Definition of trample in English:

trample

verb

[WITH OBJECT]
  • 1 Tread on and crush.

    ‘the fence had been trampled down’
    [no object] ‘her dog trampled on his tulips’
    • ‘Some were injured as they fell down the staircase while others were trampled in the stampede.’
    • ‘The grass was trampled, torn, and red.’
    • ‘Also, all prisoners will be freed and summarily trampled by wild elephants.’
    • ‘There have been villagers in other parts of Zambia mauled by lions, trampled underfoot by elephants and hippos.’
    • ‘Some were trampled in the rush and others survived the stampede with deep psychic scars.’
    • ‘People were almost trampled as the police tried to wrangle people out of the area.’
    • ‘Conversely, the likelihood of me trampling anyone as I walk down the street is highly unlikely!’
    • ‘Crowds literally trampled to death each other as they rushed to get in front.’
    • ‘A farmer's field is trampled completely by cows.’
    • ‘But this poor guy was liable to be trampled to death by human feet.’
    • ‘In pastures, nests face the additional risk of being trampled by cows.’
    • ‘People keep trampling all over you to get from one side to the other.’
    • ‘Last year, 14 pilgrims were trampled to death during the ritual and 35 died in a 2001 stampede.’
    • ‘Initially I was more scared of being trampled in a stampede than in being effected by the tear gas.’
    • ‘The department maintained that the fencing was needed to protect grass trampled by cattle once fields had been irrigated.’
    • ‘They dashed through the entrance, nearly trampling the stout guard in the process.’
    • ‘He caught me before I could hit the ground and be trampled by my horse.’
    • ‘She died from being trampled by a wagon cart livestock that was being shipped to the local butcher.’
    • ‘When everyone turned and moved back into the sunlight, he was nearly trampled.’
    • ‘I was trampled in the rush, but regained my senses enough to join them.’
    tread, tramp, stamp, walk over
    View synonyms
    1. 1.1[no object]Treat with contempt.
      ‘a drug-testing device that doesn't trample on employees' civil liberties’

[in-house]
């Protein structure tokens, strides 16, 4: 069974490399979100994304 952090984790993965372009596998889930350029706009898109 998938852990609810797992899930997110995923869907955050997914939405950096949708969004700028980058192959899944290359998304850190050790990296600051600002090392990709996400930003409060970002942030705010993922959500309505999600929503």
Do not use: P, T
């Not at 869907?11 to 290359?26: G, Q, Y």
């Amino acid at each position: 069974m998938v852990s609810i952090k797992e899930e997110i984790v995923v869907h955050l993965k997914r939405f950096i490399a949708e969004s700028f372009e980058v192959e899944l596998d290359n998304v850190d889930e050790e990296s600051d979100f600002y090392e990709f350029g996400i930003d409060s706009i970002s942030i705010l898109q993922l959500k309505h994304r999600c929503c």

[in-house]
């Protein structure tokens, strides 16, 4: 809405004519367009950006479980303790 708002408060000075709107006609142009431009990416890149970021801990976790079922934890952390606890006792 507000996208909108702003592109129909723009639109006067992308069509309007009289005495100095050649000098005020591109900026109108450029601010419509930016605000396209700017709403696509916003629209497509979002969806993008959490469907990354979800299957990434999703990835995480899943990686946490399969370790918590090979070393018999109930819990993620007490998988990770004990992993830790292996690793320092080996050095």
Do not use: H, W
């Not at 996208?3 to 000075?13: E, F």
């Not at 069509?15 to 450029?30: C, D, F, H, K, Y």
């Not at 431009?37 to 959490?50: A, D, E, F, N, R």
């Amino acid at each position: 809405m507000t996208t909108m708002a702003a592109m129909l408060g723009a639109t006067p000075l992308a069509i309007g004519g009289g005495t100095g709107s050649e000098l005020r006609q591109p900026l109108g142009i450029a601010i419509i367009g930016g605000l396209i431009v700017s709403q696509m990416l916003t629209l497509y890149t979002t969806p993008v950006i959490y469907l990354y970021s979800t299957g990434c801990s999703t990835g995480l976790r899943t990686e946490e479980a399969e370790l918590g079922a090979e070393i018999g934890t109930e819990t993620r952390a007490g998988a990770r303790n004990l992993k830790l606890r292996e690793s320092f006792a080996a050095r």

• ‘A student can certainly trample on the rights of any individual as readily as an administrator can.’
      • ‘Even when it tramples all over other principles that he purports to hold dear.’
      • ‘‘The country's relatively loose control over these companies has enabled some greedy bosses to trample on workers' rights’, she said.’
      • ‘He doesn't present himself as a dictator who tramples on our liberty and demands blind obedience.’
      • ‘How do you preserve scenic beauty without trampling on private property rights?’
      • ‘They had a big job to do in taking maintenance work back from numerous engineering companies, but that is no excuse for trampling over workers' employment rights.’
      • ‘In the meantime, the Feds have again shown a determination to trample on civil liberties to harass nonviolent protestors.’
      • ‘Any expression of class solidarity was trampled underfoot and the working class suppressed and disciplined.’
      • ‘Born-and-bred residents are being trampled on by wealthy incomers who push property prices even further beyond their reach, they say.’
      • ‘What about the trespassers who trampled on his rights with impunity?’

noun

literary
  • An act or the sound of trampling.

    • ‘The woods began to move, too; and, with the familiar trample of horse hooves, an army clad in drab array appeared at its edge.’
    • ‘The warriors remained calm and relaxed, listening to the trample of the demonic horde just feet in front of them.’
    • ‘Her bonnet flew off and disappeared under the trample of bare feet and boots.’
    • ‘He heard the trample of a soldier and the muffled sound of the grenade going off.’
    • ‘The air got clogged with sounds of movement, clatters and tramples of feet and people.’

Origin

Late Middle English (in the sense tread heavily): frequentative of tramp.

Pronunciation:

trample

/ˈtrampəl/